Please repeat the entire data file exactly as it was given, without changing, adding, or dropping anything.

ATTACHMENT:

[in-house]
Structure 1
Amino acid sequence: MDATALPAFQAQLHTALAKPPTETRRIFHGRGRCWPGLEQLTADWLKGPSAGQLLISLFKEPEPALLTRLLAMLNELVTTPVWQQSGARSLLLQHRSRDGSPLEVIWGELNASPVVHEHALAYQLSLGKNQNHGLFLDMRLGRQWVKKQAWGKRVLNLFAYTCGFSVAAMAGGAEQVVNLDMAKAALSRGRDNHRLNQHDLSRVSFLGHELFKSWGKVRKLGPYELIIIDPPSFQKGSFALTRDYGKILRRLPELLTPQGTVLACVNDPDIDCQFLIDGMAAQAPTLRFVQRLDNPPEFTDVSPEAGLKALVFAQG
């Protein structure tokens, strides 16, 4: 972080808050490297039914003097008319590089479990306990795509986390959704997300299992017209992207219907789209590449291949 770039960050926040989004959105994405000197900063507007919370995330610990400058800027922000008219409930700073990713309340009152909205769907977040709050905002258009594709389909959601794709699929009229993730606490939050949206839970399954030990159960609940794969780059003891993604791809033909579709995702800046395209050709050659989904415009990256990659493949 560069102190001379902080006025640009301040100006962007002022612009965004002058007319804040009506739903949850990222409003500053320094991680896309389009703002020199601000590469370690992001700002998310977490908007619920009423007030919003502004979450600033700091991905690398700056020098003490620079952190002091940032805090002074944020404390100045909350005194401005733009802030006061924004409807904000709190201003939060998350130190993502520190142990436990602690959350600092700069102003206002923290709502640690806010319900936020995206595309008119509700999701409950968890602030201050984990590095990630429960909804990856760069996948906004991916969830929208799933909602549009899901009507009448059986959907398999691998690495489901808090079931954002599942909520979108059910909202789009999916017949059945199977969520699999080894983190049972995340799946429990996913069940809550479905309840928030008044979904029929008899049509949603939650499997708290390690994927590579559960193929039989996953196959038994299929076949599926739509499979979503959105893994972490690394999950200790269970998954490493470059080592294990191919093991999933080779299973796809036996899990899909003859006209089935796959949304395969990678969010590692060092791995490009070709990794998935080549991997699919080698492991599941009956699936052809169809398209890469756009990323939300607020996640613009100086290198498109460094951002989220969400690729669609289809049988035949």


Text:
[in-house]
Structure 1
Amino acid sequence: MDATALPAFQAQLHTALAKPPTETRRIFHGRGRCWPGLEQLTADWLKGPSAGQLLISLFKEPEPALLTRLLAMLNELVTTPVWQQSGARSLLLQHRSRDGSPLEVIWGELNASPVVHEHALAYQLSLGKNQNHGLFLDMRLGRQWVKKQAWGKRVLNLFAYTCGFSVAAMAGGAEQVVNLDMAKAALSRGRDNHRLNQHDLSRVSFLGHELFKSWGKVRKLGPYELIIIDPPSFQKGSFALTRDYGKILRRLPELLTPQGTVLACVNDPDIDCQFLIDGMAAQAPTLRFVQRLDNPPEFTDVSPEAGLKALVFAQG
């Protein structure tokens, strides 16, 4: 972080808050490297039914003097008319590089479990306990795509986390959704997300299992017209992207219907789209590449291949 770039960050926040989004959105994405000197900063507007919370995330610990400058800027922000008219409930700073990713309340009152909205769907977040709050905002258009594709389909959601794709699929009229993730606490939050949206839970399954030990159960609940794969780059003891993604791809033909579709995702800046395209050709050659989904415009990256990659493949 560069102190001379902080006025640009301040100006962007002022612009965004002058007319804040009506739903949850990222409003500053320094991680896309389009703002020199601000590469370690992001700002998310977490908007619920009423007030919003502004979450600033700091991905690398700056020098003490620079952190002091940032805090002074944020404390100045909350005194401005733009802030006061924004409807904000709190201003939060998350130190993502520190142990436990602690959350600092700069102003206002923290709502640690806010319900936020995206595309008119509700999701409950968890602030201050984990590095990630429960909804990856760069996948906004991916969830929208799933909602549009899901009507009448059986959907398999691998690495489901808090079931954002599942909520979108059910909202789009999916017949059945199977969520699999080894983190049972995340799946429990996913069940809550479905309840928030008044979904029929008899049509949603939650499997708290390690994927590579559960193929039989996953196959038994299929076949599926739509499979979503959105893994972490690394999950200790269970998954490493470059080592294990191919093991999933080779299973796809036996899990899909003859006209089935796959949304395969990678969010590692060092791995490009070709990794998935080549991997699919080698492991599941009956699936052809169809398209890469756009990323939300607020996640613009100086290198498109460094951002989220969400690729669609289809049988035949």